The jury found Davis guilty as charged. The trial court sentenced him to fifteen years for rape and two years for sexual battery, to be served concurrently. Davis appealed, arguing his sentence was inappropriate, and we affirmed. Davis v. State, No. 19A-CR-2505, 2020 WL 2463083 (Ind. Ct. App. May 13, 2020).
 In 2021, Davis, pro se, petitioned for post-conviction relief alleging his trial and appellate counsel were ineffective on several grounds. At the State's request, the post-conviction court ordered the case to be submitted by affidavit under Indiana Post-Conviction Rule 1(9)(b). In support of his petition, Davis submitted an affidavit, a supplemental affidavit, the probable-cause affidavit, a portion of a Department of Child Services report, a letter from the Allen County chief public defender, a report from the public defender's investigator, and a transcript of P.H.’s deposition. The State submitted an affidavit from Davis's trial counsel. The post-conviction court found that trial and appellate counsel were ineffective for failing to challenge Davis's convictions on double-jeopardy grounds and vacated his sexual-battery conviction. In all other respects, the court found that Davis failed to prove his trial and appellate counsel were ineffective.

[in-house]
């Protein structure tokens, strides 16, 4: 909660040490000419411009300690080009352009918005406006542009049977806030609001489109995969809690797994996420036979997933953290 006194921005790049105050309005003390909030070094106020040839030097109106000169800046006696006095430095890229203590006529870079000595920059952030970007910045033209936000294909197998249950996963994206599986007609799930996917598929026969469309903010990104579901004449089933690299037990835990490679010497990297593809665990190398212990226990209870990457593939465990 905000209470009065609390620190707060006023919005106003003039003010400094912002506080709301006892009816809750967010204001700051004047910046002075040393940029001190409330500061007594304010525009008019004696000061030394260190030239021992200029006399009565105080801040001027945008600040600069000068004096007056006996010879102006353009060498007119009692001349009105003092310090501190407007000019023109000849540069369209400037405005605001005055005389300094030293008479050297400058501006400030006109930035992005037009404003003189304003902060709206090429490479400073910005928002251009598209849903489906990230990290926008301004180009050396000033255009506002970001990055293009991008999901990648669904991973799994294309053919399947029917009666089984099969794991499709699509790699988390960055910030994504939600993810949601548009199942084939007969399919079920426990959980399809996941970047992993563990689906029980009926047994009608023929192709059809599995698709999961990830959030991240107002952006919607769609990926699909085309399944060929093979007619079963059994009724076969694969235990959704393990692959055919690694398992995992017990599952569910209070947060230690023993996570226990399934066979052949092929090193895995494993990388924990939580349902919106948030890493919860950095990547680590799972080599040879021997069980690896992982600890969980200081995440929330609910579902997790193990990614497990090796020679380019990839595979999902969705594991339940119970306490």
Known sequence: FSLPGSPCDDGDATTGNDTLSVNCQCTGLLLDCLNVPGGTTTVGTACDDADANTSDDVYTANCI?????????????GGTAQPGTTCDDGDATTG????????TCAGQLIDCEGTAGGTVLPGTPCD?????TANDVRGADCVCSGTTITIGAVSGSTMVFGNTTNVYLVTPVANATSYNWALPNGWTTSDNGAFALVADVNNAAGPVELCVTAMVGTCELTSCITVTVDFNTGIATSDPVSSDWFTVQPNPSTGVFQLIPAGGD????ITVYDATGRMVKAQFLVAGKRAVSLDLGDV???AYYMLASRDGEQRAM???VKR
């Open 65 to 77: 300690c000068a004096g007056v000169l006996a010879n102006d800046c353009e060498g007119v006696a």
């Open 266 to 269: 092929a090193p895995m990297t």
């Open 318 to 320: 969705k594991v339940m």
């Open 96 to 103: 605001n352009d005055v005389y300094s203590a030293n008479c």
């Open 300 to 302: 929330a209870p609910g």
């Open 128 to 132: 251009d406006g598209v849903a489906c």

Davis, pro se, now appeals.
Discussion and Decision
 Davis appeals the denial of his petition for post-conviction relief. A defendant who petitions for post-conviction relief must establish the grounds for relief by a preponderance of the evidence. Hollowell v. State, 19 N.E.3d 263, 268-69 (Ind. 2014). If the post-conviction court denies relief, and the petitioner appeals, the petitioner must show the evidence leads unerringly and unmistakably to a conclusion opposite that reached by the post-conviction court. Id. at 269.
I. Evidentiary Hearing
 Davis first contends the post-conviction court erred in not holding an evidentiary hearing. He cites Post-Conviction Rule 1(9)(b):
In the event petitioner elects to proceed pro se, the court at its discretion may order the cause submitted upon affidavit. It need not order the personal presence of the petitioner unless his presence is required for a full and fair determination of the issues raised at an evidentiary hearing.
We review a post-conviction court's “decision to forego an evidentiary hearing when affidavits have been submitted under Rule 1(9)(b) under an abuse of discretion standard.” Smith v. State, 822 N.E.2d 193, 201 (Ind. Ct. App. 2005), trans. denied. This is so even if the affidavits raise issues of fact. See id. (noting that requiring “a full evidentiary hearing any time affidavits submitted under Rule 1(9)(b) create issues of fact would defeat the purpose of Rule 1(9)(b), which is to allow for more flexibility in both the presentation of evidence and the review of post-conviction claims where the petitioner proceeds pro se”).